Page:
3 Ways to Stop Talking Yourself Out of Relationships Before They Start

If you’re feeling burnout when it comes to dating and relationships, you’re not alone. When things are going left, it can literally feel like you are in a relationship with someone that speaks a different language. It could be in the literal sense if you’re dating or in a relationship with someone of a different race or culture. And it could be in a figurative and literal sense — at the same time!

People train themselves to quit in relationships before they even start. I meet these types of people often as a matchmaker. I find that a common theme amongst those that are “romantically frustrated” is that they have trained themselves to fail at relationships before they have a chance to build a solid one.

Instead of dating with the intention of gaining experience and obtaining more information about yourself and your choices, people tend to date with expectations and find themselves disappointed and resentful. These feelings are compounded with each dating experience that doesn’t go as “expected” and is transferred and experienced as baggage by those interested in engaging an individual as a potential mate.

In my experience taking couples from Matched to Married, I offer the following three ways to avoid setting yourself up for disappointment.

  1. Date without expectation. Every interaction with a person should not lead to a dating arrangement. Ever heard the phrase “Season. Reason. Lifetime.”? I tell my clients to use this as a measurement in assessing dating options. If you’re paying attention and allow your gut instincts to guide you, you’ll know whether someone is a “season” or could be “lifetime-worthy”. So, with that, every new introduction doesn’t have to become an entanglement that you’ll soon have to unravel yourself out of.
  2. Date to gain knowledge. Dating gives you information. According to Wikipedia, dating is an art practiced in Western societies where two people meet socially with the goal of assessing each other’s suitability as a prospective partner for possible long-term relationship. In other words, dating provides an opportunity to gain more knowledge about what you like or don’t like in a potential mate and applying it accordingly.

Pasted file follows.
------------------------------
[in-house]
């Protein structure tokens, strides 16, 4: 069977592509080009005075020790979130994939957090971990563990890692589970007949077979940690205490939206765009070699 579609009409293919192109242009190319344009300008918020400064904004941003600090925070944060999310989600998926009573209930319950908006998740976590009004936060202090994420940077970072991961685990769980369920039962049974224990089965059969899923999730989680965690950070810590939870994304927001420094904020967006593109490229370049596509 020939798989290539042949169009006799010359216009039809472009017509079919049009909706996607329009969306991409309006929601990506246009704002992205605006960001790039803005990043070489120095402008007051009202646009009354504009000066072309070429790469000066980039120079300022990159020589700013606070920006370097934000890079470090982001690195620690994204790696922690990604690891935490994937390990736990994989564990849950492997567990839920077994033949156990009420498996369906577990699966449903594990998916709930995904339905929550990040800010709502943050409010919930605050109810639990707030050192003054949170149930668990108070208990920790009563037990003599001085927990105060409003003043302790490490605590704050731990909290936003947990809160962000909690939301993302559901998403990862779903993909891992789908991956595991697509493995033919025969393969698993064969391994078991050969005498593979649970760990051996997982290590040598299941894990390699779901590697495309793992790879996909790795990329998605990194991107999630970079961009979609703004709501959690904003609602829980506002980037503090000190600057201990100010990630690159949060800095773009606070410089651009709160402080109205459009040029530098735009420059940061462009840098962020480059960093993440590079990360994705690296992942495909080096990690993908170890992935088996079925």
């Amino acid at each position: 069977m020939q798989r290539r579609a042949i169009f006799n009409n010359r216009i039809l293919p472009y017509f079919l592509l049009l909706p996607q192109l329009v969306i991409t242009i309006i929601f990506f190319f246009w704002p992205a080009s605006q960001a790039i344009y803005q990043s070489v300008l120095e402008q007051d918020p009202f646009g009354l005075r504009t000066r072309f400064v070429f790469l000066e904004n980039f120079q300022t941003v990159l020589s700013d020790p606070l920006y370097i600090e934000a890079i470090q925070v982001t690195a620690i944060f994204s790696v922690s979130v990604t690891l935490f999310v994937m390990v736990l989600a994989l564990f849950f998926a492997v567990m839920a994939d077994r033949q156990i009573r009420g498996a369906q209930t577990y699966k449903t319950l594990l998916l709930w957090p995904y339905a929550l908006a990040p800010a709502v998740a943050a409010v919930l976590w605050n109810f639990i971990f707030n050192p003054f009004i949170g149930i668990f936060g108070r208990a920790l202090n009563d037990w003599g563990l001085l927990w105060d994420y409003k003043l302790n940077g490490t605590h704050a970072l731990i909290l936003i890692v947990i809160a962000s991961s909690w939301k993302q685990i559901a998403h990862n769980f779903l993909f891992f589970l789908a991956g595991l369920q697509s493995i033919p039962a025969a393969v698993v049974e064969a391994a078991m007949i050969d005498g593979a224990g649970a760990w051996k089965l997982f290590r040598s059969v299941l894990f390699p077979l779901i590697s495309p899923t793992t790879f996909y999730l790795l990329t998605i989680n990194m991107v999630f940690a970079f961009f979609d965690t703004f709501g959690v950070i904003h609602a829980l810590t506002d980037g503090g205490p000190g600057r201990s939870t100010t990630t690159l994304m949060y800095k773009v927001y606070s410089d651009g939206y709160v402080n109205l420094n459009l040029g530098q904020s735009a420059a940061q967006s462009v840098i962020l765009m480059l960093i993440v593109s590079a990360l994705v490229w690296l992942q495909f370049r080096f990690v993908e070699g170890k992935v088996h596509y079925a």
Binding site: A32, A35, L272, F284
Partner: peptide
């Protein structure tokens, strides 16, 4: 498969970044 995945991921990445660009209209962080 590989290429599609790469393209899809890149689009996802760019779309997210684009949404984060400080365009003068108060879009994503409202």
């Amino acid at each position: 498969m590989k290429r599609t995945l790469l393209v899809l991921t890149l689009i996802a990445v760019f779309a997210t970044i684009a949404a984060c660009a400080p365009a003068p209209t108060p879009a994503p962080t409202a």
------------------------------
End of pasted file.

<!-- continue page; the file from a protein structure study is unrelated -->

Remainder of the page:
I tell my clients to use the “friends first” approach while dating. This gives you the advantage to learn more about you and your interests as well as the person or people you’re dating. It’s also fun and helps to manage disappointment, lessen baggage and not waste time.

3. Date without attachment. Dating gives you invaluable experience. When you approach dating with an intention to enjoy the experience and to learn more about yourself, your preferences and other people, you allow the organic flow of dynamism to work in your favor. If it’s meant to be, it will. If it’s not, it’s OK and no time is wasted, and no feelings are hurt — or they shouldn’t be.

If you want to learn more about my Matched to Married approach, don’t hesitate, get in touch!

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